Elder Financial Abuse: Protecting Those Who Can No Longer Take Care of Themselves

When the media reports on elder abuse, physical abuse almost always seems to come to the forefront, and for good reason: the physical safety of the elderly, those that often cannot protect themselves, is and should be the first concern for protecting our older friends and relatives.

However, one type of abuse that is not addressed as often is just as prominent and often as devastating: elder financial abuse. The National Center on Elder Abuse reports that financial abuse of the elderly accounts for $2.9 billion in lost funds each year, and despite laws designed to protect both the elderly and their finances, the problem is still very real. One of the most effective ways to make sure the elderly are financially safe and secure for the remainder of their lives is estate planning.

Why They Are Vulnerable

The danger of financial abuse of the elderly can come in many different shapes. The main issue is that, as humans age, in many cases, the brain ceases to function as efficiently and effectively as it once did. As a result, the reasoning processes don’t work like they once did. As a result, elders may be more susceptible to suggestions that could cost them financially.

What Is Financial Abuse

The University of Louisville lists several of the larger scams designed to separate the elderly from their funds. They include health insurance scams, in which individuals pose as Medicare representatives in order to get personal information, or fake clinics in which the elderly are charged for bogus treatment. Other scams include counterfeit prescription drugs, funeral and cemetery scams, internet fraud, telemarketing and phone scams, among others. Other scams may be more simple and old-fashioned, but just as effective. For the elderly in nursing or assisted-living homes, this may be as simple as an orderly or assistant stealing information or checks, or for those incapacitated at home being taken advantage of by a family member.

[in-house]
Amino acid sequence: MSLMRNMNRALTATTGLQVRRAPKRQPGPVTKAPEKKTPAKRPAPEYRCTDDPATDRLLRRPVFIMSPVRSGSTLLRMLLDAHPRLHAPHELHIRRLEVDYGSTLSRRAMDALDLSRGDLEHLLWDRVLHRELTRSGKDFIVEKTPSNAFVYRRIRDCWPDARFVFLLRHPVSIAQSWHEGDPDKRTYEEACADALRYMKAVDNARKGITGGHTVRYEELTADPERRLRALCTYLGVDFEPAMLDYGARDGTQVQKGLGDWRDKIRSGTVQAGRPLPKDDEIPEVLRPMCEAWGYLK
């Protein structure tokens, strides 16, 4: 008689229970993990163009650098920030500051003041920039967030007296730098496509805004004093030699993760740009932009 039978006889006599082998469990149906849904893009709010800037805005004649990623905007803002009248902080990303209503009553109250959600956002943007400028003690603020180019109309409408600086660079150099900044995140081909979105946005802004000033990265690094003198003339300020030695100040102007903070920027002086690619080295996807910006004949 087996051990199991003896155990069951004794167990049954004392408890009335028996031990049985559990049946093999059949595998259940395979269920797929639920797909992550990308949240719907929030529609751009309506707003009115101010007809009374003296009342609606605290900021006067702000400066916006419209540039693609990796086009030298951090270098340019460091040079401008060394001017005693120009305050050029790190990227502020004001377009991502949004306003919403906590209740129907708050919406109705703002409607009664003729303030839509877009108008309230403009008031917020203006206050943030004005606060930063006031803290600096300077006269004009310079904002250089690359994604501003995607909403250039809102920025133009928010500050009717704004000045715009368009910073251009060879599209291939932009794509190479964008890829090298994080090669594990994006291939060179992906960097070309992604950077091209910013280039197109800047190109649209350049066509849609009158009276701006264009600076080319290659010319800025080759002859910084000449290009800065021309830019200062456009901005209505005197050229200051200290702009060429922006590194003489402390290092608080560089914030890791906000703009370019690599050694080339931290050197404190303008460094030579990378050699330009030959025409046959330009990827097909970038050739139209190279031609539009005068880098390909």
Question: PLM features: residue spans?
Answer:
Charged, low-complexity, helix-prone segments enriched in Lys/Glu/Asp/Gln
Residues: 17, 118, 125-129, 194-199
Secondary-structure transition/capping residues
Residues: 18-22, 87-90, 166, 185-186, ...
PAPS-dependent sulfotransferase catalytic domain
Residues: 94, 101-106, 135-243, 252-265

Estate Planning for Protection

However, financial planning is one way to help protect the well-being of the elderly. Some tools that can be used include:

• Will: Simply creating a will has the ability to earmark assets.

• Irrevocable Trusts: An irrevocable trust is a tool in which a grantor places funds and relinquishes control of the funds. In this case, it can be cash, life insurance and other financial items, and proceeds generated from the trust are tax exempt. The money is later disbursed according to the rules dictated by the grantor, who placed money in the trust, by the trustee, who administers the trust, and potentially by the beneficiary, who receives the funds based on the terms created by the grantor and the trustee.

• Power of Attorney: Giving the power of financial and sometimes health decisions to someone competent and trusted.
These simple steps account for assets and make it easier to detect and prevent unexpected or suspicious activity among the assets of the elderly, acting as a check against scams and those who would take advantage of those no longer capable of taking care of themselves.

ABOUT THE AUTHOR: McNeely Stephenson
McNeely Stephenson, a law firm in New Albany, Indiana, has faithfully served the people and communities of Indiana and Kentucky for several years in a variety of legal areas. We have the experience and resources to help.

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Disclaimer: While every effort has been made to ensure the accuracy of this publication, it is not intended to provide legal advice as individual situations will differ and should be discussed with an expert and/or lawyer. For specific technical or legal advice on the information provided and related topics, please contact the author.

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